Blog 9 - Shortage? What Shortage?
As we approach the end of 2017 labour and skills shortages are almost daily headlines and although a topic I have commented on previously it is also one that does not appear to be going anywhere soon and as a Recruitment Business finding innovative solutions is the constant focus of attention.
Our business is to source and provide our clients with excellent candidates for whatever roles they want to fill and we have always prided ourselves on our track record of success. In common with other Labour Providers we find this is, for now at least, becoming more and more challenging due to a wide spread shortage of job seekers whether seasonal, temporary, or permanent. This year, for the first time ever we found that meeting all requirements of food industry clients in the run up to Christmas was extremely challenging and the thought of potentially failing them, in even a small way, horrified me. We engaged with our clients and jointly explored how to achieve required numbers and with commitment and flexibility from both parties we succeeded.
It is easy to blame “The Brexit Effect” and this has undoubtedly impacted on the availability of European workers but it is little more than a decade since we first had the benefit of European workers in high numbers and so I do sometimes wonder why the ratio of UK born workers is so low in relation to our migrants in some sectors where businesses are claiming that they will potentially struggle to grow further with their current workforces. The current political climate isn’t helping the situation as so far the Brexit negotiations appear to have done nothing to resolve the issues facing recruiters.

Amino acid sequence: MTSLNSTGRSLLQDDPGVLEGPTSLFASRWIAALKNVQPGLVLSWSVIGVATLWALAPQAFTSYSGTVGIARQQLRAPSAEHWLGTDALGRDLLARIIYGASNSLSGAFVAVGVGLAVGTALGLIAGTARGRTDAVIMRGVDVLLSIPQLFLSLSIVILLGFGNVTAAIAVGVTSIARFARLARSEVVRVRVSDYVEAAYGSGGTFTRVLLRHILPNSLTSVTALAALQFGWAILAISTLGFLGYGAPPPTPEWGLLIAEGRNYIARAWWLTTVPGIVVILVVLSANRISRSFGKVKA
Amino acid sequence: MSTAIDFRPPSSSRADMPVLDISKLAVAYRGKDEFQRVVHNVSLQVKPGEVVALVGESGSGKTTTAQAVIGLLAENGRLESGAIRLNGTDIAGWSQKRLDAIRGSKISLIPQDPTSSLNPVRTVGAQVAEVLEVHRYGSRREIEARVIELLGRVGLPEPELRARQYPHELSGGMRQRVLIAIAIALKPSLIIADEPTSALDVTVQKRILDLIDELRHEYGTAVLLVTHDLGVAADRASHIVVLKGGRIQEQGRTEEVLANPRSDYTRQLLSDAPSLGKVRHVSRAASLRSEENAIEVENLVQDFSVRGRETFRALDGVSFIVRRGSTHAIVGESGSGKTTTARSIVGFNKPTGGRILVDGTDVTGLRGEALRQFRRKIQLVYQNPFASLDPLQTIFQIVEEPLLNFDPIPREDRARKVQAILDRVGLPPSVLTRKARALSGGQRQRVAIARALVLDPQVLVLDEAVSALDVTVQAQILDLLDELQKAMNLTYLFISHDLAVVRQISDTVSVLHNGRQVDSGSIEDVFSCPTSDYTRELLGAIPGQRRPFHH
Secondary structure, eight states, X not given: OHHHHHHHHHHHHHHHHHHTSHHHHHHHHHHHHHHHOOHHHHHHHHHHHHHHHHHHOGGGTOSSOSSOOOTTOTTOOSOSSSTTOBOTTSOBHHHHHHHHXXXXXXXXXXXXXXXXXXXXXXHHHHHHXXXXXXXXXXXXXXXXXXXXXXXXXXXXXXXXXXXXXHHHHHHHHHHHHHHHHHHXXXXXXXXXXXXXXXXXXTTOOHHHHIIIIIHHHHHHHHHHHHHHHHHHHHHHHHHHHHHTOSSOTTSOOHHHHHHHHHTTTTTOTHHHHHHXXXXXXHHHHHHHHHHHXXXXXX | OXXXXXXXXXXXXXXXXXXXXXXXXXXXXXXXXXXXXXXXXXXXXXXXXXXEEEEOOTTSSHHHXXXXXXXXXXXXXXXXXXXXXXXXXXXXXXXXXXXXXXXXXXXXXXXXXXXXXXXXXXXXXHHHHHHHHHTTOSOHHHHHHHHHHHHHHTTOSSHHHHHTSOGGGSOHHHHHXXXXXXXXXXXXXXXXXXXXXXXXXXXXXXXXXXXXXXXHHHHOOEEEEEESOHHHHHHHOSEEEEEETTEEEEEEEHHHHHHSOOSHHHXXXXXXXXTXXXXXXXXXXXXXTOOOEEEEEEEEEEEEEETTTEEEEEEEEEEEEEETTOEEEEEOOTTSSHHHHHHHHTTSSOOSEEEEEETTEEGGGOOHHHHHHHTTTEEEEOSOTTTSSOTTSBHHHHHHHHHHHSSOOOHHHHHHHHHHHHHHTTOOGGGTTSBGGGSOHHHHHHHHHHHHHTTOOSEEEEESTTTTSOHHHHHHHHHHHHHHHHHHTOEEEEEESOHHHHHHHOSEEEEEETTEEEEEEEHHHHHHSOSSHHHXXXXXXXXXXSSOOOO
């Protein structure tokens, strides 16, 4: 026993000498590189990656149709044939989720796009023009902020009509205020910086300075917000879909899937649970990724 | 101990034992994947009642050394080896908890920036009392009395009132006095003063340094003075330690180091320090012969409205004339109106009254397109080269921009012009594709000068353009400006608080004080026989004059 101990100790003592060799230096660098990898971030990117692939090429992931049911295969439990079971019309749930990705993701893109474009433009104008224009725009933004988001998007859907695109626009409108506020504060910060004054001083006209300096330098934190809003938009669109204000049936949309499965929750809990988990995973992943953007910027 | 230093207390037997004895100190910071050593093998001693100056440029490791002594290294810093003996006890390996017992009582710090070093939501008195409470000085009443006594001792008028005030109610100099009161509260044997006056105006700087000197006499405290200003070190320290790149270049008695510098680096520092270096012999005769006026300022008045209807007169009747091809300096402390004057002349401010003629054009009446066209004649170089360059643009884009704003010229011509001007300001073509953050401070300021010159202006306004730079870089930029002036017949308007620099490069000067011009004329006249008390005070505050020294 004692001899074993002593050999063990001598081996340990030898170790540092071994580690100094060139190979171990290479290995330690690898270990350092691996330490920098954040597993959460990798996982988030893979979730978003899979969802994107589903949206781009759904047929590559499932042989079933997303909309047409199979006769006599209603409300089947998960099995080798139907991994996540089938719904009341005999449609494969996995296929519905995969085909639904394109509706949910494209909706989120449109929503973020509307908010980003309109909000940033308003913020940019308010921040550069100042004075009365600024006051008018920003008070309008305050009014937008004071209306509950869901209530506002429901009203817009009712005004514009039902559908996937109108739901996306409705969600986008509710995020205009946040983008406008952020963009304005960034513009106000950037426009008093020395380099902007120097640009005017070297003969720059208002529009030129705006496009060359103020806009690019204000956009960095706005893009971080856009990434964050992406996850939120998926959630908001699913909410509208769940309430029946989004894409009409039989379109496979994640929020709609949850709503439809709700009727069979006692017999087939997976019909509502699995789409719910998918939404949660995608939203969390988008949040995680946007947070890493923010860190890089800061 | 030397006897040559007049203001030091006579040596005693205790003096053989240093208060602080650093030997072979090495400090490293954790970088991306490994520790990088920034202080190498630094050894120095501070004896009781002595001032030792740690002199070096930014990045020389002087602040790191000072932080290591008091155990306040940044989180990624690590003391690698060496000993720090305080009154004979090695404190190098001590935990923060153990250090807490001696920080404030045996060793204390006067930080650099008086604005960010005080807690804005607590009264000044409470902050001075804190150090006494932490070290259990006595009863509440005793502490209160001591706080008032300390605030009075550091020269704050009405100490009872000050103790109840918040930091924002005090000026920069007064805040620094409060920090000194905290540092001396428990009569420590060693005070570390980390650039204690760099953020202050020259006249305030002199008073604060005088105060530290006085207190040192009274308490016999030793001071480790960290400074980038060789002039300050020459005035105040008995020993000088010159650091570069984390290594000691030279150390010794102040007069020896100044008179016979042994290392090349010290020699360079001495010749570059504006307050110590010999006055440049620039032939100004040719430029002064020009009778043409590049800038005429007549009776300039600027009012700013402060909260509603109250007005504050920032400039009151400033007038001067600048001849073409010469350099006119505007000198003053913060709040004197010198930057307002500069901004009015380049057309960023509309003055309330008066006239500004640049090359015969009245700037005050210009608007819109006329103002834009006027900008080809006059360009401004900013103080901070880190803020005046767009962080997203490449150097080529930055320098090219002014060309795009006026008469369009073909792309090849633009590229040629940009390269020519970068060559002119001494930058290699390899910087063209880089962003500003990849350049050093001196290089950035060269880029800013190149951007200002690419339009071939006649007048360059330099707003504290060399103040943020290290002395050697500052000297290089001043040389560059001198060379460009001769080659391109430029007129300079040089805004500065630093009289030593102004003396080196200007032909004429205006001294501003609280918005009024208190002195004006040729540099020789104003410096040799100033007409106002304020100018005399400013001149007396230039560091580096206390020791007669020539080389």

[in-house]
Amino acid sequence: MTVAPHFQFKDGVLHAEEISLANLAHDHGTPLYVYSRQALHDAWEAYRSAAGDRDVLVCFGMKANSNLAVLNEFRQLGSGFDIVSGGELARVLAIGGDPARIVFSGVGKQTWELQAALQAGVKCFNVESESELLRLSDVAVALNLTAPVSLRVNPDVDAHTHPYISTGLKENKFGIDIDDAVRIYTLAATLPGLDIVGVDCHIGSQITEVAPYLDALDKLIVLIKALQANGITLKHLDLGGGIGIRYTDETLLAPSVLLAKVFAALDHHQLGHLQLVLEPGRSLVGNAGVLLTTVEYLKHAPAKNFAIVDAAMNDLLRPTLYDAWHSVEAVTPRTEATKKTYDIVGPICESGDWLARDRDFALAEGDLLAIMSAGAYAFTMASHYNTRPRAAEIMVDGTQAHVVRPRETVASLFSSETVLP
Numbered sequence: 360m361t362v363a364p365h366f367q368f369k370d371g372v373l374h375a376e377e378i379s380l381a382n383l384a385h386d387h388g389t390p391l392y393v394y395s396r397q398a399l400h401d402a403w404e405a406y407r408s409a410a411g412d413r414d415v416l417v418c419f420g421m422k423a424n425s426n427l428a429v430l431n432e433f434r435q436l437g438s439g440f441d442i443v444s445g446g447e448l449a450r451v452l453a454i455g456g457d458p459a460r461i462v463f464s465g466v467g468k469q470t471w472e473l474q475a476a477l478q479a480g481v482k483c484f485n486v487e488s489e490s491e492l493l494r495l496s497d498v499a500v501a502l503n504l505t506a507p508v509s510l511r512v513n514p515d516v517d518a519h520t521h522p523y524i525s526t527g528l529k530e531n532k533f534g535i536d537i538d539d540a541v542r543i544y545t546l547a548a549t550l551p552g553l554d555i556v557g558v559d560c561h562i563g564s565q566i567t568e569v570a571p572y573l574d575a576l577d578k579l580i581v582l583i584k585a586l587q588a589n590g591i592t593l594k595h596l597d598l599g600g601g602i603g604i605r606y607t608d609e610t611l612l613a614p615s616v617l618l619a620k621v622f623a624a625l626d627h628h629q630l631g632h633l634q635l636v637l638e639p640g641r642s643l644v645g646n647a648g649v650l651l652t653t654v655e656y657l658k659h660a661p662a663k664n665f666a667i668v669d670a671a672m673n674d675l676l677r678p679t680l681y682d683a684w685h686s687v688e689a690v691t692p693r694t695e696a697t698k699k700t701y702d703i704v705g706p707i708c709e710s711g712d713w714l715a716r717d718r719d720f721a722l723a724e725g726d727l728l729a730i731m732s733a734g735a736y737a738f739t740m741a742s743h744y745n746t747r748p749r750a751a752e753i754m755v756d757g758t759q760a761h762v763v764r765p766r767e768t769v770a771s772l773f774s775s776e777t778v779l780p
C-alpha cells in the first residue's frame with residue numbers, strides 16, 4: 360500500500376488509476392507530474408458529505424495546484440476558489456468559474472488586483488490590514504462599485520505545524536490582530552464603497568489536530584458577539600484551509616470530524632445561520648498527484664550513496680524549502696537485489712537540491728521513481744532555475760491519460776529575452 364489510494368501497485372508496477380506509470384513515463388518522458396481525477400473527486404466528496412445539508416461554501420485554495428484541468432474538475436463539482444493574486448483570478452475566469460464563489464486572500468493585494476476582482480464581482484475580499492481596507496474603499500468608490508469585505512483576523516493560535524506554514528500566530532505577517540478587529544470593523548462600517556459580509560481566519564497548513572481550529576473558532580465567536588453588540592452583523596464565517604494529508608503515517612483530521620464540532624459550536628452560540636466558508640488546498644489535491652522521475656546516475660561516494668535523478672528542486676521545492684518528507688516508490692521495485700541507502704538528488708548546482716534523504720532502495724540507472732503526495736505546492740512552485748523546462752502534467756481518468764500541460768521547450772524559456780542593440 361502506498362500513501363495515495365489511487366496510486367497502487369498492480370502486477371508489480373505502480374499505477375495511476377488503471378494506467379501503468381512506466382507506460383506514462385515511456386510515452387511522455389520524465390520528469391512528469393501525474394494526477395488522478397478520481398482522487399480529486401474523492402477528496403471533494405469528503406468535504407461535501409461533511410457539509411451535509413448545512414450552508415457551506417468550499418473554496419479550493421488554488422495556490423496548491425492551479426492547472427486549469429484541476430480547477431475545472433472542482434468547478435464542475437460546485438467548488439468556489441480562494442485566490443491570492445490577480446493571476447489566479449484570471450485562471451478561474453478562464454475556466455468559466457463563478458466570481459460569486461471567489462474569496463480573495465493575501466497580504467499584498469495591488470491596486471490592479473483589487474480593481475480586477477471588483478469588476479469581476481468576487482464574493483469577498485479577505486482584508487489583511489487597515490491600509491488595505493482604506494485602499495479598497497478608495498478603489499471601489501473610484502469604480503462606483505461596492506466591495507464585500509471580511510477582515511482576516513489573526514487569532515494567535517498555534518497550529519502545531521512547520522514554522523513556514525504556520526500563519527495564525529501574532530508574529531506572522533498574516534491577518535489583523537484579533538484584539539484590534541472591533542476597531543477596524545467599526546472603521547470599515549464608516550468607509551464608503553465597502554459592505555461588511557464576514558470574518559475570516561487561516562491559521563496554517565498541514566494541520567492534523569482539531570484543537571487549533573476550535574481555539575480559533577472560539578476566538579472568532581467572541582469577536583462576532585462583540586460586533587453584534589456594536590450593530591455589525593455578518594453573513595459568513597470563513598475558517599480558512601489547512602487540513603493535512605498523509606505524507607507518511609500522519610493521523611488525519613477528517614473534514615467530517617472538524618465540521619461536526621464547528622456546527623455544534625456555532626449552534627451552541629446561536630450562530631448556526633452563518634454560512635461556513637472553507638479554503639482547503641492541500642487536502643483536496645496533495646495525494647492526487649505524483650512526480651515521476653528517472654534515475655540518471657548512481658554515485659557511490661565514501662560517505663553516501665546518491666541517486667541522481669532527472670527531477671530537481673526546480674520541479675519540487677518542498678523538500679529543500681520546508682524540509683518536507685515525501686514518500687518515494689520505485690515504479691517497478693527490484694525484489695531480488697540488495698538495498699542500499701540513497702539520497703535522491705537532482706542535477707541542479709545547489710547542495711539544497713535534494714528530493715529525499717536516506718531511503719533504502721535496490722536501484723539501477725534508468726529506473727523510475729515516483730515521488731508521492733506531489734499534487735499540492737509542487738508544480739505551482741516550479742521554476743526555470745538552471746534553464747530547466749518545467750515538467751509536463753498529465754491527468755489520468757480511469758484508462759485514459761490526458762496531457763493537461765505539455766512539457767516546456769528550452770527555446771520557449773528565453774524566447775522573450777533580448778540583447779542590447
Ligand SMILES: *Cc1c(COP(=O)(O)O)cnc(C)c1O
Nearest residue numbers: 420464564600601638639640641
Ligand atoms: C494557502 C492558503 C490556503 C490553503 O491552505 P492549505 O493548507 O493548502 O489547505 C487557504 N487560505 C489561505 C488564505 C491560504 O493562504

The Association of Labour Providers (ALP), our Professional Trade association states “The food and agricultural sectors are facing the most severe labour shortages in living memory” The food & drink manufacturing sector will require 109,000 staff over the next decade in order to meet government targets. Food & Drink is the largest field of manufacturing in the UK and is worth more than £96 billion. The greatest talent shortages are senior roles within science and development, however there is thought to be a need for nearly 50,000 production staff.
Can recruiters minimise or negate the shortage?
With the number of active job seekers falling, simply knowing the right people is becoming ever more important for recruiters. Networking has always been considered a key technique for successful recruitment , however modern social media methods aren't always as effective when the competition is crowded and the shrinking talent pool is disengaging as although built on the idea of 'communication' and 'relationships,' these don't always provide a meaningful connection.
Luke Todd, Recruitment Director at LTR Executives agrees, stating that: "Recruiters who think they can sit behind a computer and message all day long don't have the personal touch which is built from phone and face to face meetings. One phone call or meeting is better than a thousand messages."
With this in mind, it might be worthwhile to revert to more traditional methods of networking in which personal relationships may offer more value than social media connections and are also more likely to deliver longer term relationships.